Arylamine functionalization of carbon anodes for improved microbial electrocatalysis

September 2, 2013, National University of Ireland, Galway

Introduction of arylamine functional groups to graphite electrodes results in improved initial catalysis for acetate oxidation by microbial biofilms over that observed on unmodified anodes. Arylamine modified anodes achieve a current density of 3.4 A m−2 whilst unmodified anodes achieve only 1.3 A m−2 during the first batch feed cycle. The surface functionalization strategy provides a route to enhancing microbial bioelectrochemical systems process performance and for studying the complex mechanisms involved in such systems.

In microbial bioelectrochemical systems (BES) a range of materials and microbes are selected on the basis of their ability to exchange electrons. However, the relatively low current densities, and long start-up times, for such systems to date points to a requirement for a more efficient connection of microorganisms, as biocatalyst, to electrode surfaces, in order to progress to exploitation of microbial BES technology. Deliberate, controlled modification of electrode surfaces provides a route to probe, and further understand electron exchange mechanisms between bacteria and electrode and may lead to enhanced performance of BES for practical applications. Introduction of arylamine functional groups to graphite electrodes resulted in improved initial for acetate oxidation by microbial biofilms over that observed on unmodified . Arylamine modified anodes achieve a of 3.4 A m–2 whilst unmodified anodes achieve only 1.3 A m–2 during the first batch feed cycle. The surface functionalisation strategy provides a route to enhancing microbial bioelectrochemical systems process performance and for studying the complex mechanisms involved in such systems.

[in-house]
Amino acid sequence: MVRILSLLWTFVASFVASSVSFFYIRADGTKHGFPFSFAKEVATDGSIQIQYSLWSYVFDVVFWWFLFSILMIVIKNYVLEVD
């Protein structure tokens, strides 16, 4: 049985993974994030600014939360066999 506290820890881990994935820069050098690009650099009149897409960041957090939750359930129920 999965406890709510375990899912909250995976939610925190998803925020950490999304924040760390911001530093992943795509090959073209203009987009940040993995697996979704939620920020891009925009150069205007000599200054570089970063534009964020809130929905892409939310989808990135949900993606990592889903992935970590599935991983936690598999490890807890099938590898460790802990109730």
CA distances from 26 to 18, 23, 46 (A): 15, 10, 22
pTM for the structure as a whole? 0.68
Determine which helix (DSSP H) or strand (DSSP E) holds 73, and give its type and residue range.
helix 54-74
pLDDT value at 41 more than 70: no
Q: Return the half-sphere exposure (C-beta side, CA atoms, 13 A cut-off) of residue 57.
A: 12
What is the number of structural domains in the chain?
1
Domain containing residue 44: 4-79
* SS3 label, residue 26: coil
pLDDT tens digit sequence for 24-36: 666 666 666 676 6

Overall, these preliminary results show that (chemical functional groups) of anodes can enhance initial current density in a batch fed single chamber , resulting in a slight decrease in start-up time when feeding was switched to continuous. Surface engineering is a good strategy to modulate reactor start-up (colonization time), biofilm speciation, and current output of microbial electrochemical cells and provides an additional, key, tool to improve the understanding of bacterial attachment, colonization and growth at electrode surfaces.

The work was done at BERL-Lab Bimolecular Electronics Research Laboratory (National University of Ireland, Galway).

Explore further: Biofilms move electrons long distances across two distinct layers, even under starving conditions

More information: Exploring and Exploiting the Depths of the Microbial Biosphere, July, 2013, Mount Holyoke College, South Hadley, MA pubs.rsc.org/en/Content/Articl … g/2013/RA/c3ra42953a

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